In yet another weekend where it seems like the country is coming apart, terrorist gunmen in El Paso, Texas and Dayton, Ohio massacred innocent people.
Details are just starting to emerge about the Dayton murderer, but we already have a disturbing — and all too familiar — profile of the El Paso killer.
A 21-year-old white male, Patrick Crusius drove nine hours from his Dallas metro home to intentionally seek out and murder Hispanic people. Authorities believe a manifesto posted online before the massacre is, in fact, his, one in which he makes clear his racist intentions.
“This attack is a response to the Hispanic invasion of Texas,” the terrorist writes. “I am simply defending my country from cultural and ethnic replacement brought on by an invasion.”
He goes on to warn that an increasing Hispanic population that votes for Democrats will lead to “a one party-state.” Crusius suggests that by massacring Hispanic people in America, the population at large will be given “an incentive” to leave the country, adding that it’s, “An incentive that myself and many other patriotic Americans will provide.”
Many people warn about sharing such “manifestos,” but the stark reality is that this racist screed is going to bounce around the internet plenty with or without you tweeting about it or reading it. I personally believe it’s useful to look at the minds of evil in order to better understand what’s happening, rather than just taking the generic summaries of it from others.
And in it, you’ll find his ideology doesn’t fit into some neat box, other than the typical, young white man societal outsider who thinks himself smart for talking about broad, big-idea trends. There’s also plenty of utterly racist thoughts, like opposing “race mixing.”
But the motivation around his specific target and desire to commit mass murder revolves around ideas that are pretty similar to what you hear in a Steve King interview about the so-called “great replacement.” Or at a Donald Trump rally. Or in any of Trump’s Facebook ads that warn of an “invasion.”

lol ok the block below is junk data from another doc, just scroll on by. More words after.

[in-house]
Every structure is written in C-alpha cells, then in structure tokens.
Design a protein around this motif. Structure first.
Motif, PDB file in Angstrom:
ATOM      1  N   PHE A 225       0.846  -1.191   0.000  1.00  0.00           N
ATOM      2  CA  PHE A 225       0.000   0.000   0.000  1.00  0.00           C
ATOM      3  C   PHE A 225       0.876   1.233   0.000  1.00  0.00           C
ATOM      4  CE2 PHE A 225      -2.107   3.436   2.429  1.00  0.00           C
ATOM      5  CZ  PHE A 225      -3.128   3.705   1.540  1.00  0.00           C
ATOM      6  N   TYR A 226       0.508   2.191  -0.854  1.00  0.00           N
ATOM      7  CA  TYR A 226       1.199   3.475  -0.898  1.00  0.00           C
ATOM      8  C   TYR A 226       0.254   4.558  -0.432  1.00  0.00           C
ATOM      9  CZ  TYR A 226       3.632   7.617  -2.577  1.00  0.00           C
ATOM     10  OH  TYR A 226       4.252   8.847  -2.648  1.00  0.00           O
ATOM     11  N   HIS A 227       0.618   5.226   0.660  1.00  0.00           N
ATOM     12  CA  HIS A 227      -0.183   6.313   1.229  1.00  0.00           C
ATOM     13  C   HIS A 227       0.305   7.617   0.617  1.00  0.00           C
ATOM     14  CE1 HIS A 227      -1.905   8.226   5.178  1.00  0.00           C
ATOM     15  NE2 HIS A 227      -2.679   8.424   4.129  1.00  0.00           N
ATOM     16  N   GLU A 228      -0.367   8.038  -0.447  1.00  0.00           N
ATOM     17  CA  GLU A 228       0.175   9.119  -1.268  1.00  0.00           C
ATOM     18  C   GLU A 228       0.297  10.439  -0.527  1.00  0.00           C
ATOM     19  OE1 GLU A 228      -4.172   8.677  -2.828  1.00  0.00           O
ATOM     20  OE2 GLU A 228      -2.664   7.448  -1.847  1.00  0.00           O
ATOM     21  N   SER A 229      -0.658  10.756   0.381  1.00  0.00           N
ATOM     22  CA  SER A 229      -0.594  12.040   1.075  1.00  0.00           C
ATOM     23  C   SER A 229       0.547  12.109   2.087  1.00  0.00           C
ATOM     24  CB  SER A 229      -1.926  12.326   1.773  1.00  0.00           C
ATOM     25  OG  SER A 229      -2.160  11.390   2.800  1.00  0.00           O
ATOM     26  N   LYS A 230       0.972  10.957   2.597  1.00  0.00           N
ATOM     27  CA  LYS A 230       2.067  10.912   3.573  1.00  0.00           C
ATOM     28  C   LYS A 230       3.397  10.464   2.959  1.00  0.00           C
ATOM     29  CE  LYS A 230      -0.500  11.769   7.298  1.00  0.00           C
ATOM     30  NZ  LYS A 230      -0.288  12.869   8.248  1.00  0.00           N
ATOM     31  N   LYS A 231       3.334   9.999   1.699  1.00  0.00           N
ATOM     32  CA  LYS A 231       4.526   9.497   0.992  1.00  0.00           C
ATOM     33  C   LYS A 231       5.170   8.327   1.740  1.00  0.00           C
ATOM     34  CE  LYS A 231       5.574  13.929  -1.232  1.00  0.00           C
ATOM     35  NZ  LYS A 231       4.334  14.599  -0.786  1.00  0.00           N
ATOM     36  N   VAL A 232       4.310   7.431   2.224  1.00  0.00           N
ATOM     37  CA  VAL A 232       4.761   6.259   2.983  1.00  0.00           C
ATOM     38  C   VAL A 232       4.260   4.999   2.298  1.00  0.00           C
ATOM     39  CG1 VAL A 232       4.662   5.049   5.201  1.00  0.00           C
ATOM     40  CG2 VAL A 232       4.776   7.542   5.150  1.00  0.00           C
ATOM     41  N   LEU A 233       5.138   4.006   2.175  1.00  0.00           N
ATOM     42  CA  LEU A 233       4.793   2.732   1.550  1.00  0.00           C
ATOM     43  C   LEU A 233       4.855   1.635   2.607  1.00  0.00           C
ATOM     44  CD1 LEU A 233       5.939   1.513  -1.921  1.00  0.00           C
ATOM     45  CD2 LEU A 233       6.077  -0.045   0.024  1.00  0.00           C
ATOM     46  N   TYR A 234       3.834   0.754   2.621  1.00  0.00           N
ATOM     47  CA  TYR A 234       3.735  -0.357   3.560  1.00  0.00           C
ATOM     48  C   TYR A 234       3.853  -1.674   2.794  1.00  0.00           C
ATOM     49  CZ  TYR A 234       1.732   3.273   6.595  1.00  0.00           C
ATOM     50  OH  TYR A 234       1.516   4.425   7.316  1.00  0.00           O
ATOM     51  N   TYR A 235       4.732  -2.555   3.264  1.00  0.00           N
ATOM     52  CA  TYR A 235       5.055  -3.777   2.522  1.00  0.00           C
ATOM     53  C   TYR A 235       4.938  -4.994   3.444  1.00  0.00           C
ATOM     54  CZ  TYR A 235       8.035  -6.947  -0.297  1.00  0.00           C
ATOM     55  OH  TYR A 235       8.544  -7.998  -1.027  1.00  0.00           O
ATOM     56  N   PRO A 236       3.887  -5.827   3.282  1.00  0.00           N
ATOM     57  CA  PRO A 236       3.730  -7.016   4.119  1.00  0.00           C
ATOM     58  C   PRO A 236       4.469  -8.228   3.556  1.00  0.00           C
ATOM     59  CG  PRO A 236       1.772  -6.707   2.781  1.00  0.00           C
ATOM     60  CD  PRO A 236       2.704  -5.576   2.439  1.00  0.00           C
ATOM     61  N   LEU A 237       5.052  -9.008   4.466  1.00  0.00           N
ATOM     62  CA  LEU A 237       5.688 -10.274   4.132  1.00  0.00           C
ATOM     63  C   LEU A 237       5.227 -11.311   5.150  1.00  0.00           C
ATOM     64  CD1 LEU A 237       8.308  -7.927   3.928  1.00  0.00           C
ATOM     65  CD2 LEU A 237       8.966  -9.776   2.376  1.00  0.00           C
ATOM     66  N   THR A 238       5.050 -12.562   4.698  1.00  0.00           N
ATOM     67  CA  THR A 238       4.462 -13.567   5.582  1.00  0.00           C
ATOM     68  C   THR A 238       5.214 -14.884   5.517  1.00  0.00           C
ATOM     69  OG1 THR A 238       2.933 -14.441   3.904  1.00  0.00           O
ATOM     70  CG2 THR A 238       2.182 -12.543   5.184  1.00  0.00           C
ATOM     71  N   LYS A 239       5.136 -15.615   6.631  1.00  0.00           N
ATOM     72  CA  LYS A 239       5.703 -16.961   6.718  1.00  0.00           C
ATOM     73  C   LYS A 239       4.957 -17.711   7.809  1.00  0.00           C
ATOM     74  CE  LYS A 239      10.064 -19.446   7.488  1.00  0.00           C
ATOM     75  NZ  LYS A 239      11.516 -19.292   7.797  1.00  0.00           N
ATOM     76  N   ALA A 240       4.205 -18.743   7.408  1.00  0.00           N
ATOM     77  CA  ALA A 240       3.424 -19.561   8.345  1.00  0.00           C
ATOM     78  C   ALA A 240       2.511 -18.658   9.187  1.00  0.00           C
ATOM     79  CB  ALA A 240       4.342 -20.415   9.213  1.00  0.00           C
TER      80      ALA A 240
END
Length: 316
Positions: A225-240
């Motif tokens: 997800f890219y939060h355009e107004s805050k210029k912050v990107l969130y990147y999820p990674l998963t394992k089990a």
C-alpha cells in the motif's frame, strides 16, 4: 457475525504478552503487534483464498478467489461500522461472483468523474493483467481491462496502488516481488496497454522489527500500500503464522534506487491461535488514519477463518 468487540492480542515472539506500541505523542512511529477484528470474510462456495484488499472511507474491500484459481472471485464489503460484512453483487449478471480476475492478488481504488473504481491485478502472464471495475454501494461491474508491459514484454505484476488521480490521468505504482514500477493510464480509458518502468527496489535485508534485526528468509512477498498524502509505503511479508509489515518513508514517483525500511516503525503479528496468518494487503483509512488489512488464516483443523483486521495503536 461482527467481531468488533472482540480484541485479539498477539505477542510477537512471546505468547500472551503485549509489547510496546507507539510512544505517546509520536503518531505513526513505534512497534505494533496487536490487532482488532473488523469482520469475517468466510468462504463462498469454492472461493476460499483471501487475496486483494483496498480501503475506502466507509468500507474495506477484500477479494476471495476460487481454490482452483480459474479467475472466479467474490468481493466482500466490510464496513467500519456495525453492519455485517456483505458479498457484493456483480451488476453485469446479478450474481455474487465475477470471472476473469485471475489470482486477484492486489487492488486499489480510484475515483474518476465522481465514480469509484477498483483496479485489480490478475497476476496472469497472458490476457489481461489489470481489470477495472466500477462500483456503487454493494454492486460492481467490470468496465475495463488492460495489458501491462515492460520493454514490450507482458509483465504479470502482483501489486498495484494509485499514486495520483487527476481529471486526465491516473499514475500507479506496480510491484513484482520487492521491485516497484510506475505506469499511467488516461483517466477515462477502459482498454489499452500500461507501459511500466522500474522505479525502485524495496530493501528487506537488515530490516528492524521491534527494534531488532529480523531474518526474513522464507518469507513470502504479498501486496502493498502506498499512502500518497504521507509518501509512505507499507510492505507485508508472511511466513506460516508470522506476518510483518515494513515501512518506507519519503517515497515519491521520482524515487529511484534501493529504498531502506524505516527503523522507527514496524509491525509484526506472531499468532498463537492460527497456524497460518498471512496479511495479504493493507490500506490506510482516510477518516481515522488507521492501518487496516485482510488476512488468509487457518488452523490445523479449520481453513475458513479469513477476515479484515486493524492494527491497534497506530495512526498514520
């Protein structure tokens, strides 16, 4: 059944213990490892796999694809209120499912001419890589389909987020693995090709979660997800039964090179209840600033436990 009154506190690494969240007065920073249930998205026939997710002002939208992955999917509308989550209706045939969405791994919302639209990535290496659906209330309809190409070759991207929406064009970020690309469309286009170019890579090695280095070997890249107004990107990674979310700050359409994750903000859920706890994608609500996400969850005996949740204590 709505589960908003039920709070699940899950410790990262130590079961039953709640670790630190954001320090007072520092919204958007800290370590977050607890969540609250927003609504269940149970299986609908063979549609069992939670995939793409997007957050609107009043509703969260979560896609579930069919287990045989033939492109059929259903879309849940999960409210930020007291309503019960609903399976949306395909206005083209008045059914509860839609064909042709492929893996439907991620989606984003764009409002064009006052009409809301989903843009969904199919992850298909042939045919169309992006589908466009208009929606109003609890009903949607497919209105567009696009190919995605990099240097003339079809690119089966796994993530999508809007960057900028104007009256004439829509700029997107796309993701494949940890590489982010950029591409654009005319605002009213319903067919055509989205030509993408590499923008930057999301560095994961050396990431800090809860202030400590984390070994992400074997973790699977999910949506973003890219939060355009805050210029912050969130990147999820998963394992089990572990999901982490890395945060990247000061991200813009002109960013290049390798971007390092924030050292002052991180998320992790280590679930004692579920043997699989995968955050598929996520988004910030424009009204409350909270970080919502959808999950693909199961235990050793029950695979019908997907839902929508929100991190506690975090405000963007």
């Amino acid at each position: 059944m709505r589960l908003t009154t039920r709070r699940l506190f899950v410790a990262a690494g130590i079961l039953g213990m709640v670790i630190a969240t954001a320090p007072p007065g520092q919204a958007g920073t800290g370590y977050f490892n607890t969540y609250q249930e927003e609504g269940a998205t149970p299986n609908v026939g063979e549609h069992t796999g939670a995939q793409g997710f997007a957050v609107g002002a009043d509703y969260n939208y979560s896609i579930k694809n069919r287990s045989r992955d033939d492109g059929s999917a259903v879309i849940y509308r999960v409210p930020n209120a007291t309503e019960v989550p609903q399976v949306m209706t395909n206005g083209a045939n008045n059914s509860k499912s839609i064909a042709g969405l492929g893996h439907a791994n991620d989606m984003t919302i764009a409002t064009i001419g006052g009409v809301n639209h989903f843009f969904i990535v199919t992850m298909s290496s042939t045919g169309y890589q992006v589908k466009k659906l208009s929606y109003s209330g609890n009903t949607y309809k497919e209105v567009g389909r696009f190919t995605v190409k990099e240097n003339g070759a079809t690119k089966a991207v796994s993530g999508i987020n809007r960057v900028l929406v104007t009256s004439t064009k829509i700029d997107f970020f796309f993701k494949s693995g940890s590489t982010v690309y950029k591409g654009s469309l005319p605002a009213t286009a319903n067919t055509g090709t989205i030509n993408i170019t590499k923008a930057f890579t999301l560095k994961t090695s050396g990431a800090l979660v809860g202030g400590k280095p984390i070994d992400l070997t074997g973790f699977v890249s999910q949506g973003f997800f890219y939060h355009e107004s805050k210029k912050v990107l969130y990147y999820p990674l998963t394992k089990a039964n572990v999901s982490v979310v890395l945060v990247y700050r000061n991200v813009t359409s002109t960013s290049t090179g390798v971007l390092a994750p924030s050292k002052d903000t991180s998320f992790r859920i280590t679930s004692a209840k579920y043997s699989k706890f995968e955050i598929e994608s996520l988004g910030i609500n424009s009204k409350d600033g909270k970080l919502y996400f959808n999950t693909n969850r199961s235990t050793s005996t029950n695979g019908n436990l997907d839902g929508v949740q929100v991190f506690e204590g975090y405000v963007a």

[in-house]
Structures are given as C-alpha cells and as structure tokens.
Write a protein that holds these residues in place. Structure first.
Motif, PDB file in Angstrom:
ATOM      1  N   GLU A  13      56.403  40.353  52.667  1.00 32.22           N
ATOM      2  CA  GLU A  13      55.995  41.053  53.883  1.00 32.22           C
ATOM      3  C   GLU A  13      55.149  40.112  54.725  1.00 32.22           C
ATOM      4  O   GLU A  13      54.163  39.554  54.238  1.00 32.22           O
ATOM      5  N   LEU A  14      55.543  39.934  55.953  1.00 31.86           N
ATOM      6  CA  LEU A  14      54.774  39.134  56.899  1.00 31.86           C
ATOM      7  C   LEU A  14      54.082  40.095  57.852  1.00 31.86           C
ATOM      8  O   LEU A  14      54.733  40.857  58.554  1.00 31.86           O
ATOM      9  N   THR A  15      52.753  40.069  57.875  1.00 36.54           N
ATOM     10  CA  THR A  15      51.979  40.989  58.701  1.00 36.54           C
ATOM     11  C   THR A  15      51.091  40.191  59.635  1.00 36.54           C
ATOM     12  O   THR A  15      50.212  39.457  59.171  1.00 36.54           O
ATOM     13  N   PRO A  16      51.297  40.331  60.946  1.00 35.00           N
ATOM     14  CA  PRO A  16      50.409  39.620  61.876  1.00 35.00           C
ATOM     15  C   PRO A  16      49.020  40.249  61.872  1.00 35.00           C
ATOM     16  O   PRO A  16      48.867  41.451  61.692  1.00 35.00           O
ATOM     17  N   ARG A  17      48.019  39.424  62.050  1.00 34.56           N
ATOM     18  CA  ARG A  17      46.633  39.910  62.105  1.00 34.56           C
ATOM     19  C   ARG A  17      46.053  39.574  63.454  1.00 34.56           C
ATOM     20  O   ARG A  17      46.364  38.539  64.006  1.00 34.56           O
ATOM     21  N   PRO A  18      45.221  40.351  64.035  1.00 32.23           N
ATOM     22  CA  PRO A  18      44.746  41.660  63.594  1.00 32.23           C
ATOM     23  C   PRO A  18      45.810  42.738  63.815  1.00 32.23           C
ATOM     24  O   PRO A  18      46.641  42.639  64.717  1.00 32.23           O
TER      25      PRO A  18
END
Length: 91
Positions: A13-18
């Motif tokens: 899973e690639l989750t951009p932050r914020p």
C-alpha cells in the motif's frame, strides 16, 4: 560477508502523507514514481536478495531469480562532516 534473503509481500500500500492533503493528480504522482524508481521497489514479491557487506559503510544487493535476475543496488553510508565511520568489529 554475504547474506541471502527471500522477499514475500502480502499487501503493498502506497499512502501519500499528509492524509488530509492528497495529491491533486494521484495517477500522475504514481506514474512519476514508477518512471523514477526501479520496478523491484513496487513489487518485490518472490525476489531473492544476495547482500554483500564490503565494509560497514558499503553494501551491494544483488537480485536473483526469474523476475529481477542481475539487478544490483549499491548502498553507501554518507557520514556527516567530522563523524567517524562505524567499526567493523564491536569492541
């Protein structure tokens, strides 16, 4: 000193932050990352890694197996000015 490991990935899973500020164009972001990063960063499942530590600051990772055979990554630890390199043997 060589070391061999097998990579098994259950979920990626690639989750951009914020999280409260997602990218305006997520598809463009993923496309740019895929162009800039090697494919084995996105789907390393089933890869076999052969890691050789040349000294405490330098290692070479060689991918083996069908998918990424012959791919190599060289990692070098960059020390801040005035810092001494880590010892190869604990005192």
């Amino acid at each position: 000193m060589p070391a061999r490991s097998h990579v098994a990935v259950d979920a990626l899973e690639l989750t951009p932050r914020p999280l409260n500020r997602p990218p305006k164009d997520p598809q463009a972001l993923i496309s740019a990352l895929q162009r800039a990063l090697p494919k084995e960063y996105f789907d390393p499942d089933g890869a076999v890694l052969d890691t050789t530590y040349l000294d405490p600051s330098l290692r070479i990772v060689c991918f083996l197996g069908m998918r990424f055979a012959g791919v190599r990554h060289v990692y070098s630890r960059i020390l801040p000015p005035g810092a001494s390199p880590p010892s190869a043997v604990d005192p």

“[Democrats] intend to use open borders, free healthcare for illegals, citizenship and more to enact a political coup by importing and then legalizing millions of new voters,” he writes, echoing a line of thought you hear from plenty of Republican events.
Which brings us to Iowa.
In the aftermath of these horrific events, it can seem like the political system is so thoroughly broken, that there is little you can do locally that will have any impact.
However, there is one thing we could improve in Iowa to even slightly reduce the chances that something like this happens here: the Republican Party of Iowa can stop its reckless, dangerous fear-mongering on immigrants.
Throughout the past few election cycles, major Republican candidates and the state party have embraced the “murderous illegal alien” frame in their TV ads and messaging strategies. David Young did it heavily in his 2016 race around the Sarah Root death. Rod Blum literally ran this ugly, blatantly race-baiting ad in his unsuccessful race in 2018 that included this image:
After a brief lull after the 2018 election, the Republican Party of Iowa is back at it this summer, doubling down on their “dangerous immigrant” rhetoric.
“Iowans have been directly impacted by our country’s broken immigration system in recent weeks — one illegal immigrant is the leading suspect in a triple homicide, and another has been accused of kidnapping a 16-year-old girl,” read the party’s latest press release on Thursday. “At the same time, immigration has been a hot topic throughout the Democratic debates, as 2020 candidates discuss plans to open our borders and grant illegal immigrants free health care.”
Joni Ernst frames her opposition to border crossings as an effort to “protect American lives,” again implying that if immigrants come to America illegally, the chief concern is that they’ll kill or hurt someone. This is noteworthy, as Republicans could easily make plenty of economic arguments around immigration, but instead choose to focus on this angle.
Steve King and other top Iowa Republicans were quick to seize upon the triple-murder in Des Moines last month by a man who had been deported twice before. King said in a video, “There are thousands of graves across this countryside that are there because we didn’t enforce immigration law.”